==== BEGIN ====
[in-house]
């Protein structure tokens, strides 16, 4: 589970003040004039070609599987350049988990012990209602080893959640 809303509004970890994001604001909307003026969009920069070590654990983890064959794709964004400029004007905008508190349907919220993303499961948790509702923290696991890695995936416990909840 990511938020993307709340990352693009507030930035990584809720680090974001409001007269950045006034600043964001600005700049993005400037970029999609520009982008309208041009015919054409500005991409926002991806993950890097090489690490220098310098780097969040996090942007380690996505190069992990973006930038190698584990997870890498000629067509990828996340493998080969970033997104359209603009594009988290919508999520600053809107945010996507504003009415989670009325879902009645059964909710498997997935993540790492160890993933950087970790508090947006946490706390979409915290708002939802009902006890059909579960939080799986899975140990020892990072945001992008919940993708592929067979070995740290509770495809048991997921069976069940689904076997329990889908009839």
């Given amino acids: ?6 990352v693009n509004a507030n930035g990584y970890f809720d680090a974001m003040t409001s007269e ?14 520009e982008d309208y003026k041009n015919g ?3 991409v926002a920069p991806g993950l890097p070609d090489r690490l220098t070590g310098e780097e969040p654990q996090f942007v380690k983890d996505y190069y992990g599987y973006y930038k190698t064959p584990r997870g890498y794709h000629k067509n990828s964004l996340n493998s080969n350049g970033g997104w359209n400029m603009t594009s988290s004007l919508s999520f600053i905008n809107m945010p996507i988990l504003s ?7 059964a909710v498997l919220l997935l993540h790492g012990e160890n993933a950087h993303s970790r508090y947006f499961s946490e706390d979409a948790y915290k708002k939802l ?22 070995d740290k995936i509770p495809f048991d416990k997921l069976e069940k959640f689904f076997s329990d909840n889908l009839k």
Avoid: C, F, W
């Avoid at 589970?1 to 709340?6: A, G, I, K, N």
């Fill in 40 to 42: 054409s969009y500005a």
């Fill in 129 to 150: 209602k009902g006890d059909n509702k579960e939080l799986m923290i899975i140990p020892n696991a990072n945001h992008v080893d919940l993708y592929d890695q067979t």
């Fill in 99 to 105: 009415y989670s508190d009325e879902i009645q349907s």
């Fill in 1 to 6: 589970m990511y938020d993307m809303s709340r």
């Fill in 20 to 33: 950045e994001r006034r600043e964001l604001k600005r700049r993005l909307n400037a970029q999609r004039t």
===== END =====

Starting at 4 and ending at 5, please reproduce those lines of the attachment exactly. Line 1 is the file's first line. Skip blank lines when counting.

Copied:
Avoid: C, F, W
């Avoid at 589970?1 to 709340?6: A, G, I, K, N």